The Gree event is probably my favourite of the original SWTOR events that are still in circulation today. I don't really feel that the BBA week suits anyone other than my hunter - hopefully for obvious reasons - and I've never really gotten over my distaste for rakghouls as a concept.

I do still kinda regret missing out on the first rakghoul event, though, but since exams took priority ultimately it was a necessary loss.

The Gree event, meanwhile, is just... serene. You aren't dealing with horrific creatures or scumbags across the galaxy, but instead just seeing a bizarre research project in progress. Even the instanced boss, Xenoanalyst II, is hands-down the most pleasant raid boss in the entire game - it acts more like a laboratory professor dealing with its latest batch of test subjects and wanting to see how they react to certain stimuli than it does a 'traditional' boss, even celebrating its defeat as it still meant it gets decent research.

However, while it has been out for almost ten years now there have been a couple of things I haven't been all that invested in. Firstly, the PvP aspect. Sure, the original purpose for Ilum was this big open-world PvP planet and this is BW's attempt to pay homage to that, but I've never really been one to seek or incite fights. 

Secondly, the additional world bosses, Gravak'k and Surgok'k. Sure, I'd killed them a handful of times on Harbinger, but the times when organised groups for the two bosses coincided with my being available were very far and few between, even within my own guilds. The ability to transfer to The Red Eclipse at least meant that I was in guilds that were active and more likely to kill these bosses, but again it just seemed very rare when something actually could and would happen. 

Still, I managed to acquire ten kills of Gravak'k and nine for Surgok'k. It would have been ten for both, were it not for my abstaining in protest at my guild's actions on one such evening in 5.0. We'd killed Gravak'k and headed over to Surgok'k's cave to find an Imperial team gathering to kill it. Our tank for the evening charged in, followed by the rest of our group, effectively stealing the boss from under them. I stayed back by the entrance of the tunnel, still mounted, doing nothing but watching the Imps run past me.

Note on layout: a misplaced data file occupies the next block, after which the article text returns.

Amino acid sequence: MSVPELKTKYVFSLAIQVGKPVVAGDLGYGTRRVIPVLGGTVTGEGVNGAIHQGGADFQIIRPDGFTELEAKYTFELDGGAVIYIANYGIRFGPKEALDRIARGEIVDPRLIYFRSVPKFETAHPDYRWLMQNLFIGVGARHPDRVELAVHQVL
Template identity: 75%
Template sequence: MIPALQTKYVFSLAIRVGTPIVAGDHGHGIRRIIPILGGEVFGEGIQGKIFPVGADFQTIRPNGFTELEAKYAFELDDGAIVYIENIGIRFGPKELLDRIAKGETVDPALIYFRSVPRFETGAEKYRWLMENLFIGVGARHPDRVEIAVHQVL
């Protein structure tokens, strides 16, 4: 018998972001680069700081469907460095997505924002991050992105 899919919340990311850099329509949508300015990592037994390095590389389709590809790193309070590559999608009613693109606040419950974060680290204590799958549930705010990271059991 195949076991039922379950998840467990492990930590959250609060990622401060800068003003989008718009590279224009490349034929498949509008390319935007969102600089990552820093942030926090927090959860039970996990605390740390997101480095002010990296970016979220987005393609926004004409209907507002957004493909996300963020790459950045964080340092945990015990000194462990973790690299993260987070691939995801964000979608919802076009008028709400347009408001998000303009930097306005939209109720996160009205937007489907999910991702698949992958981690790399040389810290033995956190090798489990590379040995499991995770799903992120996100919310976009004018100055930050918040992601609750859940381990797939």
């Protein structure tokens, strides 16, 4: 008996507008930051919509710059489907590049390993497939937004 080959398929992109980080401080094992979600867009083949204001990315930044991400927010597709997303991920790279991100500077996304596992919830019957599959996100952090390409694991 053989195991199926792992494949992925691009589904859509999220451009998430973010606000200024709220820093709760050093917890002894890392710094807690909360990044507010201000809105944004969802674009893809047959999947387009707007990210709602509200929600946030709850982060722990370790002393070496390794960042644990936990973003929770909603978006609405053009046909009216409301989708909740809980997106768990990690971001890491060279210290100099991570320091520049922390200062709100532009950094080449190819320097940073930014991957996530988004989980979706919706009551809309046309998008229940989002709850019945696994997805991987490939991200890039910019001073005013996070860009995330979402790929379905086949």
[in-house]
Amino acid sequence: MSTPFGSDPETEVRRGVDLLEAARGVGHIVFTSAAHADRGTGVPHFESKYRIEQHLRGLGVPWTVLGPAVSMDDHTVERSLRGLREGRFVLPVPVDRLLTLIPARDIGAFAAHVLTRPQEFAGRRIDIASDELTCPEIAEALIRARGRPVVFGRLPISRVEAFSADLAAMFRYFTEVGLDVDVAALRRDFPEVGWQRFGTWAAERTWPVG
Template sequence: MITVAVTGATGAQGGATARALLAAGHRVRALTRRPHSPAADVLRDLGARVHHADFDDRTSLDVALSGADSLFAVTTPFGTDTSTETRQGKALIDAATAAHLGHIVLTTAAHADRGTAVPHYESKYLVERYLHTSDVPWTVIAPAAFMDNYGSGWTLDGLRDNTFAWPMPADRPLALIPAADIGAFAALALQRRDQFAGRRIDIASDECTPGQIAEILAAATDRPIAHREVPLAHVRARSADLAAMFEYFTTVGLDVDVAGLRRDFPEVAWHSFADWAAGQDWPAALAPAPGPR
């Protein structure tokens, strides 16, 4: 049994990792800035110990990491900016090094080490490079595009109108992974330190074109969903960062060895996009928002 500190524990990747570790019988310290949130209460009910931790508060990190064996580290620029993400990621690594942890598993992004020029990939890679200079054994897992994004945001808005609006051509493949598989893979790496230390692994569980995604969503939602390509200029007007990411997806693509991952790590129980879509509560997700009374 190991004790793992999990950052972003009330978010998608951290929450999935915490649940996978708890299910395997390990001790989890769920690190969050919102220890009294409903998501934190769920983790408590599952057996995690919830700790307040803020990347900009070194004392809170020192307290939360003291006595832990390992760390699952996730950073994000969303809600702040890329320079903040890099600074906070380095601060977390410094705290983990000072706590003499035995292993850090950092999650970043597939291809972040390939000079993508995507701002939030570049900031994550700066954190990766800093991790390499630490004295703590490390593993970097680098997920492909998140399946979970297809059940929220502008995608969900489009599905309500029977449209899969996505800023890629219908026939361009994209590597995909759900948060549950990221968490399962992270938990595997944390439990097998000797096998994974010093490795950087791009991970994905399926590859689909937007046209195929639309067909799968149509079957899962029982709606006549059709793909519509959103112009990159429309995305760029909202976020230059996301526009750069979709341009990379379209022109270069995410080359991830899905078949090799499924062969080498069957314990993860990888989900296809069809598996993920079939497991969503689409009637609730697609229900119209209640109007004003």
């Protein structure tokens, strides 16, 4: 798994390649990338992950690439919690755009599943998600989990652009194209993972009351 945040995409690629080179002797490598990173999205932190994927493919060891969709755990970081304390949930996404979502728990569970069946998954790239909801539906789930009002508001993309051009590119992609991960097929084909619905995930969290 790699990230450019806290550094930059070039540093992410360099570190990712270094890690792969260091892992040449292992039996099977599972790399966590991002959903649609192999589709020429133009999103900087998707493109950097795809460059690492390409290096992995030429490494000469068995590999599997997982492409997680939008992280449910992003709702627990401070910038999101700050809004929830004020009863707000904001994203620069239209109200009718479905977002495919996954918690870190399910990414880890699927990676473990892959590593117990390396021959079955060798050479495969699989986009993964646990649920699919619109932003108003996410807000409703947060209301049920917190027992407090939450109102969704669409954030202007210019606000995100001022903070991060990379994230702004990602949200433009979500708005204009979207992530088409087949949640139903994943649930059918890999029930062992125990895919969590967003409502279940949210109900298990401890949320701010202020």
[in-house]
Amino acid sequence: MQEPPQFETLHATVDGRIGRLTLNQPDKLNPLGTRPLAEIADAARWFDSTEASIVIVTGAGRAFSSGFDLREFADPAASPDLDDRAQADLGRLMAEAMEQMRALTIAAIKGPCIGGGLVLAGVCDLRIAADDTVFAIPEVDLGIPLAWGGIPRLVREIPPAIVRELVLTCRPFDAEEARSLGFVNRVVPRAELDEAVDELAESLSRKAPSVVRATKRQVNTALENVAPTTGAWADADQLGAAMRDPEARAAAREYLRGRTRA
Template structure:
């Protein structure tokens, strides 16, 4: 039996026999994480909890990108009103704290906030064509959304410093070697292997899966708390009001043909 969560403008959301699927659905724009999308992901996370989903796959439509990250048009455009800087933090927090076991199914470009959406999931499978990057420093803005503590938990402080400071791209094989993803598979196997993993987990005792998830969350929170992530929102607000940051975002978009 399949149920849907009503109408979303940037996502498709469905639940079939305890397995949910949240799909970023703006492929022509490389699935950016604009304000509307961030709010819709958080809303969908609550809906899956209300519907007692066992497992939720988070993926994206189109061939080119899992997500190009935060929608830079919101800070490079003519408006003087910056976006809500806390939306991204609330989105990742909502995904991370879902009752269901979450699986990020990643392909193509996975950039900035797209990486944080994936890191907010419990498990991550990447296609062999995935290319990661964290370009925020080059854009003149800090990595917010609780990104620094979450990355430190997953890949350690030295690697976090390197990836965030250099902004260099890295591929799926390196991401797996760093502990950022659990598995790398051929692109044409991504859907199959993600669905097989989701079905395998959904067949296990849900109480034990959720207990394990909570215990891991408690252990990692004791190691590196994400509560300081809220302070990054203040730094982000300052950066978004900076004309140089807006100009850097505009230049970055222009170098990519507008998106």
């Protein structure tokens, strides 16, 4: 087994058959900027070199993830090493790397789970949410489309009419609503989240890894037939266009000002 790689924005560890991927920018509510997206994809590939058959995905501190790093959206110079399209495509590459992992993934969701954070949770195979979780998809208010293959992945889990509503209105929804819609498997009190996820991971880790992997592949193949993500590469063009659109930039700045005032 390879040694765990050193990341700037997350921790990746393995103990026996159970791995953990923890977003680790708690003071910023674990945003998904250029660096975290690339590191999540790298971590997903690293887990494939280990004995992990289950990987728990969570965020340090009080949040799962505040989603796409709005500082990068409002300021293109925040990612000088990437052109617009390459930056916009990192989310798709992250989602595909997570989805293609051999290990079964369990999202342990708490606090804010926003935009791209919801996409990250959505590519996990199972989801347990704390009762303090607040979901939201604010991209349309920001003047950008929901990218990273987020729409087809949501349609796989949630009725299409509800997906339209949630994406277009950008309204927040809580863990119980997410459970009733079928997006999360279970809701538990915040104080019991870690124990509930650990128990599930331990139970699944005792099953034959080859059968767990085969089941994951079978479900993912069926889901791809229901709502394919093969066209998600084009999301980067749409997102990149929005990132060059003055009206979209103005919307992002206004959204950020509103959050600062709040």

I'm sorry, but I tend to take a very negative view on actions like that.

The end-result of not focusing a lot on these aspects of the event is that I still lacked the Gray Perpendicular and Blue / Red Octagon legacy titles by the start of 2023 while many of my peers had had them for years. 

Well, finally, I have acquired Gray Perpendicular at last.

It was a bit of a weird thirty minutes, to be honest. On the Tuesday (24th), someone put in Imperial Ilum chat that they were seeking group members for a Xeno kill, and I promptly signed up. They pulled together a group of 13  including themselves in the end, and then it became very clear that the group leader unfortunately didn't quite understand what they were trying to do.

Unable to get any more than 13, they announced boldly ten minutes after the group had started that the plan was to do 16-man veteran mode for a chance at the Red Sphere. Now, veteran mode Xeno has historically been one of the hardest bosses to pug due to its DPS checks, and 7.0 ramped it up a fair notch even with higher gear now being accessible. A group of 13 stood no chance, especially as the group only had one healer and one tank.